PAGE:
Operator

Your next question comes from Amit Mehrotra. Your line is open.

Amit Mehrotra -- Barclays -- Analyst

Thanks. Hi, everybody. Can you just offer the monthly cadence of Intermodal volume cost in the quarter? And more broadly, just comment on the overall volume environment. There's obviously a lot of uncertainty out there in terms of trade wars and just overall slowing growth.

If you could just help us, kind of, contextualize those concerns in terms of what you're seeing on the ground today, that'd be helpful?

David Mee -- Chief Financial Officer

Amit, I thought we just heard that truck canceled the trade war.

Amit Mehrotra -- Barclays -- Analyst

OK. So everything is great, right?

David Mee -- Chief Financial Officer

Anyway, to answer your question on volume on the calendar month in October, we were plus five year over year. In November, we were minus three year over year. And in December, we were minus six year over year. And then as far as general demand...

Terry Matthews -- President of Intermodal

Yes. The volume trend, I think, some of the tariff activity that was first to go in December 1 helped some pre-shipping, so we are a little disappointed, as Dave mentioned in his opening comment in December. But now that we'll see what happens after today's announcement, But January, everything we've heard from the International steamship companies that their boats are 90-plus percent loaded here in January, which should make January equal to or from an Intermodal standpoint as well as last year. Now there could be a lull.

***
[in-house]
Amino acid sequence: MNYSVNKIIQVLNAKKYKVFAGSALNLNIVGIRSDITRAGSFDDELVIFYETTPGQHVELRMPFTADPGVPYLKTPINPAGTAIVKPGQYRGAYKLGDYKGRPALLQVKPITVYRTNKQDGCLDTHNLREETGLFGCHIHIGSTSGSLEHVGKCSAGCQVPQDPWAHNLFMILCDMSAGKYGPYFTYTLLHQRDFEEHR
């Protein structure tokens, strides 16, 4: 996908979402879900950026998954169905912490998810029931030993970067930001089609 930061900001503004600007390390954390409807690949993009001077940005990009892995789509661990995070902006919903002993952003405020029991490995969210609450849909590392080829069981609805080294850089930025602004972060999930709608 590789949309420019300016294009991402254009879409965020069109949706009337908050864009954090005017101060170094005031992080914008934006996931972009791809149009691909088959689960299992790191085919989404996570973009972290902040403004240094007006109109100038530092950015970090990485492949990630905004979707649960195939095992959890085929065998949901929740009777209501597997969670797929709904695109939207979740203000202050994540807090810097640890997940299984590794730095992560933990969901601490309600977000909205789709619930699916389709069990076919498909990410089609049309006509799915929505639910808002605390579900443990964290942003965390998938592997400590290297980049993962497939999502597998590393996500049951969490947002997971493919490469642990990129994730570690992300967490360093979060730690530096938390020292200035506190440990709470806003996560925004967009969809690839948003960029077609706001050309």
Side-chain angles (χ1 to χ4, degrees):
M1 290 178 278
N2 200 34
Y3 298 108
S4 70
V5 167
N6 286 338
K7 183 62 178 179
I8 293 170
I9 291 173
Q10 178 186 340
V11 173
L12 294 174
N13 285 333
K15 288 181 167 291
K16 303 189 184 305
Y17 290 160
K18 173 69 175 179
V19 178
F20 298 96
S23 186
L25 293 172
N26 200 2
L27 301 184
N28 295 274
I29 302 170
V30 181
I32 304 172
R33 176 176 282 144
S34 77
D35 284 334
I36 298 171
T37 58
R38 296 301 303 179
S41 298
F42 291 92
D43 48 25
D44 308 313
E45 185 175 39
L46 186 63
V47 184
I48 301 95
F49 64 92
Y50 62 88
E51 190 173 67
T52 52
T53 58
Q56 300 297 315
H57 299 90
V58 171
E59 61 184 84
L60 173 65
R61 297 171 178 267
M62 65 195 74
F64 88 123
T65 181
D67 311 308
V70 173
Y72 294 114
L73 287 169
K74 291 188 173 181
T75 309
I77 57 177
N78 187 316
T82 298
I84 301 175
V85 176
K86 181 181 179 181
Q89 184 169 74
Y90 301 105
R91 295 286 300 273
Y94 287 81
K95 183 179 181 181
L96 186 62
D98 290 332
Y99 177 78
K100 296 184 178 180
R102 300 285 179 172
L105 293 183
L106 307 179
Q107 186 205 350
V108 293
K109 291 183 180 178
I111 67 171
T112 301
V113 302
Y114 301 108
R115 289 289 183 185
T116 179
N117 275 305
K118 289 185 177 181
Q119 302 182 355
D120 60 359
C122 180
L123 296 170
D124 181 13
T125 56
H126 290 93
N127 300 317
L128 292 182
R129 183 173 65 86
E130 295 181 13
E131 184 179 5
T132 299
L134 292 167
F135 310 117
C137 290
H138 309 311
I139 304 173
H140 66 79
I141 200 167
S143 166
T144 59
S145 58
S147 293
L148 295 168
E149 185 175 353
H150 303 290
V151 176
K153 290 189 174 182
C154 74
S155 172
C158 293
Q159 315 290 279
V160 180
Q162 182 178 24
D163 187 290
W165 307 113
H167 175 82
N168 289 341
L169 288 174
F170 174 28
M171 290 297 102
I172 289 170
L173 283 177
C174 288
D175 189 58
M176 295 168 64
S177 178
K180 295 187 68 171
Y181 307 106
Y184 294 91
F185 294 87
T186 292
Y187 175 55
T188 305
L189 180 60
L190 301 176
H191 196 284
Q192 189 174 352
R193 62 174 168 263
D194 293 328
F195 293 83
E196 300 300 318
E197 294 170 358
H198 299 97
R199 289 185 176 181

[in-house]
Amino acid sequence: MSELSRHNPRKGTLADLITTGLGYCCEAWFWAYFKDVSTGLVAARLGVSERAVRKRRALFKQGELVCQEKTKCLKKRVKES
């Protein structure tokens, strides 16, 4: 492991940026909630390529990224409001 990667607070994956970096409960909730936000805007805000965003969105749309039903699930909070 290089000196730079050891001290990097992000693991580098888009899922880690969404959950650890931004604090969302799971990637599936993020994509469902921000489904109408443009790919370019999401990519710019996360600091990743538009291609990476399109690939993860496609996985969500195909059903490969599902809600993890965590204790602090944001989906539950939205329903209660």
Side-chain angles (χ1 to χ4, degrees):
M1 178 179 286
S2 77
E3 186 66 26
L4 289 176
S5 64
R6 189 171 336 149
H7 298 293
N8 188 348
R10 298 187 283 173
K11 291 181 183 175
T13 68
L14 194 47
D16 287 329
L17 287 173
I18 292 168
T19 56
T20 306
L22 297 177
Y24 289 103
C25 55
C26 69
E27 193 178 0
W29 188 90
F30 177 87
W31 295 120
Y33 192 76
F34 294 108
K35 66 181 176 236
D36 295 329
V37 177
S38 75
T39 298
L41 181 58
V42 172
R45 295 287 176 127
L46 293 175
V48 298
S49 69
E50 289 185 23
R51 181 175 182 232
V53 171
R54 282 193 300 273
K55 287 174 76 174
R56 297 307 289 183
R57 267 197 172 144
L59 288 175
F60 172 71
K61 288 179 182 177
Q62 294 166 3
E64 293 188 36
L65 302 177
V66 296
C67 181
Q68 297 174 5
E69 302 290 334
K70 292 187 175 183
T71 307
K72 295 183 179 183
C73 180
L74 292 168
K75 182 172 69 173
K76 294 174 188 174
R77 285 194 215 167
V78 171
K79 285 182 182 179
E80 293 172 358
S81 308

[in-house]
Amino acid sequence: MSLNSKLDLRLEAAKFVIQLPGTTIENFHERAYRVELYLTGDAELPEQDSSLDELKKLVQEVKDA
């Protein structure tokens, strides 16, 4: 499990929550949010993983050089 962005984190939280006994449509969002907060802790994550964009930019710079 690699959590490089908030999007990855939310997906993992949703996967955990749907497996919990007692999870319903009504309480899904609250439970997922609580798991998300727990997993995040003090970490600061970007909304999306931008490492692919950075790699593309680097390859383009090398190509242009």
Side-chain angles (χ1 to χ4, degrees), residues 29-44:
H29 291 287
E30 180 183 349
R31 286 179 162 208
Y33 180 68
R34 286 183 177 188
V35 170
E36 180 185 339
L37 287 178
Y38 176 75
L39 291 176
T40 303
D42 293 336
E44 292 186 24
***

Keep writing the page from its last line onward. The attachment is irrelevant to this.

Chinese New Year I think is in the first week of February, which basically plays out into this third or fourth week of February. So they are pre-shipping now because what could perhaps possibly happen in March or is that going to kind of wash itself out. Overall, I think when trucks get a little bit looser and Intermodal service goes up and there's an opportunity to move some trade back over to Intermodal, even though there's some rationalization going on, I think some of that has happened in the marketplace. So with regards to volumes even with the rationalization, it's difficult in January, February, March, but it's pretty well in line so far with what we've -- what we anticipated for the first half of January.